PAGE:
In 2019 seventy-six year old Michael Wicking, born of a half-Irish Liverpudlian father and East End mother, recalls his life as he lies dying in a hospital ward. He reconstructs events from his past, partly for the pleasure reliving them, but also in the hope of discovering whether life, his or anyone’s, has meaning or purpose, or is merely a succession of experiences.
Born in 1943, we see Michael as a toddler, just after the Second World War, breakfasting with his postman father, Charlie, in a bare, cold room in a rented terraced house in Liverpool. His school life takes place in the 1950’s in East End London and is amongst the hard but vibrant working-class social world of his mother’s extended family. The killer London smog and trips to the coast show the lows and highs of his childhood.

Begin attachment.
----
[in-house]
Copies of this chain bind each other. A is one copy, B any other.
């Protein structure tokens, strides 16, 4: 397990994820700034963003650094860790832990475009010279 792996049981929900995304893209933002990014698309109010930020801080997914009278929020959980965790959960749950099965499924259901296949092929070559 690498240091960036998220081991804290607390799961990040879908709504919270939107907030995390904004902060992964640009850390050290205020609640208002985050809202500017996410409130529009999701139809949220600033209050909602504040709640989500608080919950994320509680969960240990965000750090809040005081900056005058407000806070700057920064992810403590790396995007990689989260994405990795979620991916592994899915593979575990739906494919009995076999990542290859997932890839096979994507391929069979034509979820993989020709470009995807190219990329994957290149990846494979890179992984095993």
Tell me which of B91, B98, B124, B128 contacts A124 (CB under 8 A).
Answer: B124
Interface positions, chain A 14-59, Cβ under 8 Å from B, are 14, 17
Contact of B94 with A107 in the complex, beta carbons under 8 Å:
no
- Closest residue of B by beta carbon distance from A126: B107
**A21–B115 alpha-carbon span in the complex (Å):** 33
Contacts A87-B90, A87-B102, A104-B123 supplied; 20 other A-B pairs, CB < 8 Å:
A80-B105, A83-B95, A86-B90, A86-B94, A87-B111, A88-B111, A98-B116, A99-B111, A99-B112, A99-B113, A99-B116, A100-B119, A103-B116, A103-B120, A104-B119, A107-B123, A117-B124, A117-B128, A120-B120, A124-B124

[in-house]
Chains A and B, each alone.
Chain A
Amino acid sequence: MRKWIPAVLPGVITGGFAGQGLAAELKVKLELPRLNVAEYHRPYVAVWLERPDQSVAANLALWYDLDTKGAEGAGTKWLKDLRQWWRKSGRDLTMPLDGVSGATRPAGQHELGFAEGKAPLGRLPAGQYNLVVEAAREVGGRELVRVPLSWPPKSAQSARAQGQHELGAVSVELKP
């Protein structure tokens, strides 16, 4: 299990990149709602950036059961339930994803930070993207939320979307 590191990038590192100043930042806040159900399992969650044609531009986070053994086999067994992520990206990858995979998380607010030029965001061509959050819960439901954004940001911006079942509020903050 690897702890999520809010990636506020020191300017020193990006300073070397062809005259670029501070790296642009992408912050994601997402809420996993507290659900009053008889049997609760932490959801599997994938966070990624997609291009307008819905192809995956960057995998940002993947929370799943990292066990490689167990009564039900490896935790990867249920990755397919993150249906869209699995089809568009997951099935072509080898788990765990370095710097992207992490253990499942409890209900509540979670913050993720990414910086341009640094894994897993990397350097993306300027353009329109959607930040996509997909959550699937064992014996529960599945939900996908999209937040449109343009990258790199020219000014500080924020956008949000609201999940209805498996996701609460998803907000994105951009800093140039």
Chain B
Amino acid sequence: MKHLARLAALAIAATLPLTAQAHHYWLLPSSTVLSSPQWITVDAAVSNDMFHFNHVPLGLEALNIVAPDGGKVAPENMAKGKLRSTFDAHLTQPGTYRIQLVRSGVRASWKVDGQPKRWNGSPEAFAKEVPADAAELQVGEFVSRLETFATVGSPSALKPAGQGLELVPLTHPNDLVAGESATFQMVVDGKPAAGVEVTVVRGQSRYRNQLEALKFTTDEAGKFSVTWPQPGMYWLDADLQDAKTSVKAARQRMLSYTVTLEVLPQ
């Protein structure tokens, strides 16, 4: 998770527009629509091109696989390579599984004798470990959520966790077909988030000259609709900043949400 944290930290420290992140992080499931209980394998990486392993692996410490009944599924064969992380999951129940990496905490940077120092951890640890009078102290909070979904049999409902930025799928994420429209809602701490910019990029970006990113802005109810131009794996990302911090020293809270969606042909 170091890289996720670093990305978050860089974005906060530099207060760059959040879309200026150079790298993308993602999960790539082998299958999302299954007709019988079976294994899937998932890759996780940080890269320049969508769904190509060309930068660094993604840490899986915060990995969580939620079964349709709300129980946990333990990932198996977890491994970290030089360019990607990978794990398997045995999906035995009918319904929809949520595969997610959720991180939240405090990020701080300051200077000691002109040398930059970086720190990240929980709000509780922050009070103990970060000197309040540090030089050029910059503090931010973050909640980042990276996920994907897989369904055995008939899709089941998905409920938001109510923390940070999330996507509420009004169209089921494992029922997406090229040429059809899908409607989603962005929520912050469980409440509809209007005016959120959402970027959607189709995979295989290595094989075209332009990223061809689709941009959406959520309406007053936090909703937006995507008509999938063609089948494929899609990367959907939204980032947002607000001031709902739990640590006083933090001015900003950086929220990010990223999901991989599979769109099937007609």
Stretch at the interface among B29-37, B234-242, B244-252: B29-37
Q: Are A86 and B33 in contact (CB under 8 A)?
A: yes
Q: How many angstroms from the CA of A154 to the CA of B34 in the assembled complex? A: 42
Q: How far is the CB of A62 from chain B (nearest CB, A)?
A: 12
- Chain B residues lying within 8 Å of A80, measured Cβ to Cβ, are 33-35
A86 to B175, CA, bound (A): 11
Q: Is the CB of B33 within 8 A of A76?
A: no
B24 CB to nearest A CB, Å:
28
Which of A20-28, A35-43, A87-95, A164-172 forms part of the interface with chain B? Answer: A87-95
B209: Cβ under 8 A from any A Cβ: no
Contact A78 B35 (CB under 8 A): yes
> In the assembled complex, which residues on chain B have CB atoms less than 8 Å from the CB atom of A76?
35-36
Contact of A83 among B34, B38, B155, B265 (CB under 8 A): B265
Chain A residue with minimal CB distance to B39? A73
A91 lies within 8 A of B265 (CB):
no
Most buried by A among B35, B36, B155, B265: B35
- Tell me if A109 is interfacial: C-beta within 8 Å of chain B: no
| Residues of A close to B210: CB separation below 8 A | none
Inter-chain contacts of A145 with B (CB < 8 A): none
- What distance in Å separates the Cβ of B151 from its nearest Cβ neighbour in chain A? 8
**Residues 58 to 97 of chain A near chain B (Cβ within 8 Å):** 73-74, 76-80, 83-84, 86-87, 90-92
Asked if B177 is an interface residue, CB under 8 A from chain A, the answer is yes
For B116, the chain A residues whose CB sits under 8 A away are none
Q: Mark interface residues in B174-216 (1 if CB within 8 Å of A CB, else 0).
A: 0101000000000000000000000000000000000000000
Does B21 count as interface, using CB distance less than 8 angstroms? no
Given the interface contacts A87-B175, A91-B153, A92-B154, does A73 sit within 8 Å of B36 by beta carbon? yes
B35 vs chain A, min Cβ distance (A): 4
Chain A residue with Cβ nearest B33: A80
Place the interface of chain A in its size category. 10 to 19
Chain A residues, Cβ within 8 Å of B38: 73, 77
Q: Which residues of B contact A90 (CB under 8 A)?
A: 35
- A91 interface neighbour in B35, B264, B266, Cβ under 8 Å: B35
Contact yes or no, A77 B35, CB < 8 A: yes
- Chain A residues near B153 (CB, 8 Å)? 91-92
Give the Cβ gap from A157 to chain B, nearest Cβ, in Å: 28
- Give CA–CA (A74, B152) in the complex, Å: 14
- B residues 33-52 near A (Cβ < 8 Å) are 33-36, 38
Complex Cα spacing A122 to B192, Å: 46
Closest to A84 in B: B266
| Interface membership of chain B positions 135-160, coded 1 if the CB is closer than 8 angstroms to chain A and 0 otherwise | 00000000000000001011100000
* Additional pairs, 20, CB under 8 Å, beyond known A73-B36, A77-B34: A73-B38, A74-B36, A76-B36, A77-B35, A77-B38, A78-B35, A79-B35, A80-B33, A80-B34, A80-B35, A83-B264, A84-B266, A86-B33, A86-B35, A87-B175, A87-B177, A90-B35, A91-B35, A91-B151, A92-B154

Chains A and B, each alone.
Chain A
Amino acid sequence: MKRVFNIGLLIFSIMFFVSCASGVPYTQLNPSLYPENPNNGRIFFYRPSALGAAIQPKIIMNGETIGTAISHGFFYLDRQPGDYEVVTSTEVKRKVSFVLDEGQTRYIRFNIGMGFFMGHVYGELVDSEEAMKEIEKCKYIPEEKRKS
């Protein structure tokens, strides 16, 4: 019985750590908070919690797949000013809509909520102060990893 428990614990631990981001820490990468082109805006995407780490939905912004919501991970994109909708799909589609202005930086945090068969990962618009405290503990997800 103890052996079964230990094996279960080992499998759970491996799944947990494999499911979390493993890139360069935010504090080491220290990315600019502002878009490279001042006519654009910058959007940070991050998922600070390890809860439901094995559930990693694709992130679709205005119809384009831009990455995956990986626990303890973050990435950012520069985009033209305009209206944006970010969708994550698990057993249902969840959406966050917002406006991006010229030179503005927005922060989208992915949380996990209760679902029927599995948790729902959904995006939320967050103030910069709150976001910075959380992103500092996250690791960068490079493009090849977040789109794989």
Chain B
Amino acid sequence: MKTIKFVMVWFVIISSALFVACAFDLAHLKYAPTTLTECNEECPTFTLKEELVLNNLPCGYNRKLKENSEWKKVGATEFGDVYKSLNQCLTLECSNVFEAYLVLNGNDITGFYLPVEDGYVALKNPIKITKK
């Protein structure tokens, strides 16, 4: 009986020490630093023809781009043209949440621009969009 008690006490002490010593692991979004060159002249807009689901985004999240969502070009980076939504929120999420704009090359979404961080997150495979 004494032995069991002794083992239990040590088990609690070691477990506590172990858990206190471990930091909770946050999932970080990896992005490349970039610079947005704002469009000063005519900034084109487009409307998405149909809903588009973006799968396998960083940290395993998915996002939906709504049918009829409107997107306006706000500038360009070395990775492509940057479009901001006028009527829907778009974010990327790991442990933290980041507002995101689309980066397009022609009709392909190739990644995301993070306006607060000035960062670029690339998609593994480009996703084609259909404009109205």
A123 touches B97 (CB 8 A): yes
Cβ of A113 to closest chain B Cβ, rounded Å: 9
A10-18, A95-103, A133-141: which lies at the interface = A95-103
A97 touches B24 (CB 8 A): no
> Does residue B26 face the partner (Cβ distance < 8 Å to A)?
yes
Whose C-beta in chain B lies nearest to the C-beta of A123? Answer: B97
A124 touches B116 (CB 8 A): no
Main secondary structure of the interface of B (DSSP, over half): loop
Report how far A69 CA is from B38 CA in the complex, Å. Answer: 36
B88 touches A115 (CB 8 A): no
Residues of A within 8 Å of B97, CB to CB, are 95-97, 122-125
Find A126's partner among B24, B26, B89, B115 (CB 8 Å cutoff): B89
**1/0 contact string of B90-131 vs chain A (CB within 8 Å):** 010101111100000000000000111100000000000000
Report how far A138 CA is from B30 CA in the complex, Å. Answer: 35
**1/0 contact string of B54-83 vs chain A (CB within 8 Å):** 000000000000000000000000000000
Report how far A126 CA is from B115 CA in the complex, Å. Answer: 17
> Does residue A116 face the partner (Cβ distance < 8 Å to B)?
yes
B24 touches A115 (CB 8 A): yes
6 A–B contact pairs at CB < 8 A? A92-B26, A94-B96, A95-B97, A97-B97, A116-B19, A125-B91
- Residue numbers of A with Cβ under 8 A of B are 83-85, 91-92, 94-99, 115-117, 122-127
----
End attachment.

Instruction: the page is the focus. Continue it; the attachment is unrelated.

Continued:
We follow episodes in Michael’s later life, and how his father’s anti-Semitism and opposition to black immigration is a rift in their close relationship. He enters the white-collar world in the City on the bottom rung of ‘clerking’ and gradually makes his way to prosperity. These are just some of the many recollections of Michael in this episodic novel, which recreates East End working class life since the war.